Capsule with NASA’s first asteroid sample heads for Utah touchdown

Capsule with NASA’s first asteroid sample heads for Utah touchdown

A NASA capsule carrying the largest soil sample ever collected from an asteroid is set to return to Earth on Sunday. The capsule, part of the OSIRIS-REx spacecraft, will parachute into the Utah desert to deliver its celestial specimen to scientists. This marks the culmination of a seven-year voyage.

The capsule will be released at 6:42 a.m. EDT for its final descent to Earth. It will touch down within a landing zone west of Salt Lake City on the Utah Test and Training Range. This mission, a collaboration between NASA and the University of Arizona, aims to bring back the third and largest asteroid sample ever returned to Earth for analysis.

The OSIRIS-REx spacecraft collected its specimen from Bennu, a small carbon-rich asteroid. Bennu is classified as a “near-Earth object” because it passes relatively close to our planet every six years. The asteroid measures 500 meters across, making it slightly wider than the Empire State Building is tall.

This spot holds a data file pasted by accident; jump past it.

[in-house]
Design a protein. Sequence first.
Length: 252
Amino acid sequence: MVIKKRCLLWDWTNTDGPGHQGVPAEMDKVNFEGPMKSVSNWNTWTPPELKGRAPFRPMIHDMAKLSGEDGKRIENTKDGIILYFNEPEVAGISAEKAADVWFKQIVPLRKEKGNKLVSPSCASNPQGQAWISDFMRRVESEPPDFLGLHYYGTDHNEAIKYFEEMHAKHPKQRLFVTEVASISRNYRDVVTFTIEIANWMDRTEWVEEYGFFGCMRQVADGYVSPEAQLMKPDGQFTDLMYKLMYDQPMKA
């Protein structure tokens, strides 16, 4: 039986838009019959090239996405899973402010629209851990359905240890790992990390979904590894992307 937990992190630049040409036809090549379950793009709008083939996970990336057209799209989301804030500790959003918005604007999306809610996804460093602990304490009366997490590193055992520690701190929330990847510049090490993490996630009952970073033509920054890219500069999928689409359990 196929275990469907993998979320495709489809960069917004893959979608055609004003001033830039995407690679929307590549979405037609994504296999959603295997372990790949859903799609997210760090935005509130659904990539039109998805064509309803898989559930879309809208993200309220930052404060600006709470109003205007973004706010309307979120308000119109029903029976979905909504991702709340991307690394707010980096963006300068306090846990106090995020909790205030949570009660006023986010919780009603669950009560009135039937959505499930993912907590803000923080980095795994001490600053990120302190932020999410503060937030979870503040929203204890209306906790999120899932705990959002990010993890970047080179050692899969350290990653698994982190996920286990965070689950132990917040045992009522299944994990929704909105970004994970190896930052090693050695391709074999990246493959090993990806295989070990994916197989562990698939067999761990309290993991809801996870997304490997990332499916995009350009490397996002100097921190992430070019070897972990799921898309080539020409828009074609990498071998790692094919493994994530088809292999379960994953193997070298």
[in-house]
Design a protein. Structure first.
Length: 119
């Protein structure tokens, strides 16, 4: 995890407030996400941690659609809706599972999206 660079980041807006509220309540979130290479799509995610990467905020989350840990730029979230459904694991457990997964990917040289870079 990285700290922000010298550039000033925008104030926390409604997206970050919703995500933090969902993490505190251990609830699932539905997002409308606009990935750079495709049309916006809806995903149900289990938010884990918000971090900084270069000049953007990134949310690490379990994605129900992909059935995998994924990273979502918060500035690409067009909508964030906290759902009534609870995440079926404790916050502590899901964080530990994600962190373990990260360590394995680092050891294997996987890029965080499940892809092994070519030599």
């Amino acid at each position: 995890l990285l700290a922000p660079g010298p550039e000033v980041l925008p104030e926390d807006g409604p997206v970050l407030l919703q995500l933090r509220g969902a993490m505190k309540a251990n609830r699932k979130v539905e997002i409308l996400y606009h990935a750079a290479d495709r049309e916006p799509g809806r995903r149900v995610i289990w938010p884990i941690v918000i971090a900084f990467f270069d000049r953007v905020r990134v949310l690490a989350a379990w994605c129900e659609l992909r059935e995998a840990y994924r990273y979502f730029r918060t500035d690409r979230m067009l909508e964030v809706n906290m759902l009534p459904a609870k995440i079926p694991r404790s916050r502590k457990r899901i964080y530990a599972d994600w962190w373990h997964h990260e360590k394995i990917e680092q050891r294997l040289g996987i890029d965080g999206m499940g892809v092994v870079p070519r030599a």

Bennu is a relic of the early solar system and holds valuable clues to the origins and development of rocky planets like Earth. It may even contain organic molecules necessary for the emergence of life. Previous samples returned from the asteroid Ryugu contained organic compounds, supporting the hypothesis that celestial objects bombarded early Earth with the ingredients for life.

The OSIRIS-REx spacecraft launched in September 2016 and reached Bennu in 2018. After nearly two years of orbiting the asteroid, it collected a sample of the surface material in October 2020. The spacecraft departed Bennu in May 2021 for its return journey to Earth.

During re-entry, the capsule is expected to reach temperatures of 5,000 degrees Fahrenheit. Parachutes will deploy to slow its descent, allowing it to gently land in the Utah desert. The sample, estimated to be 250 grams, will be flown to a clean room for examination before being transported to NASA’s Johnson Space Center in Houston. It will then be distributed to scientists in laboratories around the world.

The main portion of the OSIRIS-REx spacecraft will continue its mission to explore another near-Earth asteroid named Apophis.

About News Team

Hi, I'm Alex Perez, an experienced writer with a focus on lifestyle and culture news. From food and fashion to travel and entertainment, I love exploring the latest trends and sharing my insights with readers. I also have a strong interest in world news and business, and enjoy covering breaking stories and events.

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